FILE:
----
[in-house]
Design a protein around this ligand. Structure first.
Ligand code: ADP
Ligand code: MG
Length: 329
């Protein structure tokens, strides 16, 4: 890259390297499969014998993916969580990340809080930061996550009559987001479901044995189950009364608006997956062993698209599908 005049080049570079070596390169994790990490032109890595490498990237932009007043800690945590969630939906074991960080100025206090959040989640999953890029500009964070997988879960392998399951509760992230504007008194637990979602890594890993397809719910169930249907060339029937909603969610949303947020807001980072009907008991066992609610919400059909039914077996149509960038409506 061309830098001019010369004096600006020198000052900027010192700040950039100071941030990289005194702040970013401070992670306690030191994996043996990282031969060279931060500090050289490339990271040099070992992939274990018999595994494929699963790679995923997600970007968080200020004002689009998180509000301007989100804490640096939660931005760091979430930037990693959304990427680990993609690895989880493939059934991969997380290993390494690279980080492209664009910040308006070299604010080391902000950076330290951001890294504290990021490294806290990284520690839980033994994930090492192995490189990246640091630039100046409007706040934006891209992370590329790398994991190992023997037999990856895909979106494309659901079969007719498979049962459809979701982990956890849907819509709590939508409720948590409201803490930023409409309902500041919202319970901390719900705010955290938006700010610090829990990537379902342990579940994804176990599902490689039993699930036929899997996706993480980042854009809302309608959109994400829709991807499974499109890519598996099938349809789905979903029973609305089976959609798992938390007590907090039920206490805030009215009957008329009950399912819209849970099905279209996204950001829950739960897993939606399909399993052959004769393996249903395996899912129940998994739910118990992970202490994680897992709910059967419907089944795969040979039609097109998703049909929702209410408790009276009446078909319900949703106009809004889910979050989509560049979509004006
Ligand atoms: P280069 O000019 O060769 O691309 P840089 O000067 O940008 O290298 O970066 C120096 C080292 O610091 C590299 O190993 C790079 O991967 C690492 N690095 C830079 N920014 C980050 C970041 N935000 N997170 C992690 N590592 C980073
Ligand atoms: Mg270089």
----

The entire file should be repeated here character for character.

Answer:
[in-house]
Design a protein around this ligand. Structure first.
Ligand code: ADP
Ligand code: MG
Length: 329
């Protein structure tokens, strides 16, 4: 890259390297499969014998993916969580990340809080930061996550009559987001479901044995189950009364608006997956062993698209599908 005049080049570079070596390169994790990490032109890595490498990237932009007043800690945590969630939906074991960080100025206090959040989640999953890029500009964070997988879960392998399951509760992230504007008194637990979602890594890993397809719910169930249907060339029937909603969610949303947020807001980072009907008991066992609610919400059909039914077996149509960038409506 061309830098001019010369004096600006020198000052900027010192700040950039100071941030990289005194702040970013401070992670306690030191994996043996990282031969060279931060500090050289490339990271040099070992992939274990018999595994494929699963790679995923997600970007968080200020004002689009998180509000301007989100804490640096939660931005760091979430930037990693959304990427680990993609690895989880493939059934991969997380290993390494690279980080492209664009910040308006070299604010080391902000950076330290951001890294504290990021490294806290990284520690839980033994994930090492192995490189990246640091630039100046409007706040934006891209992370590329790398994991190992023997037999990856895909979106494309659901079969007719498979049962459809979701982990956890849907819509709590939508409720948590409201803490930023409409309902500041919202319970901390719900705010955290938006700010610090829990990537379902342990579940994804176990599902490689039993699930036929899997996706993480980042854009809302309608959109994400829709991807499974499109890519598996099938349809789905979903029973609305089976959609798992938390007590907090039920206490805030009215009957008329009950399912819209849970099905279209996204950001829950739960897993939606399909399993052959004769393996249903395996899912129940998994739910118990992970202490994680897992709910059967419907089944795969040979039609097109998703049909929702209410408790009276009446078909319900949703106009809004889910979050989509560049979509004006
Ligand atoms: P280069 O000019 O060769 O691309 P840089 O000067 O940008 O290298 O970066 C120096 C080292 O610091 C590299 O190993 C790079 O991967 C690492 N690095 C830079 N920014 C980050 C970041 N935000 N997170 C992690 N590592 C980073
Ligand atoms: Mg270089």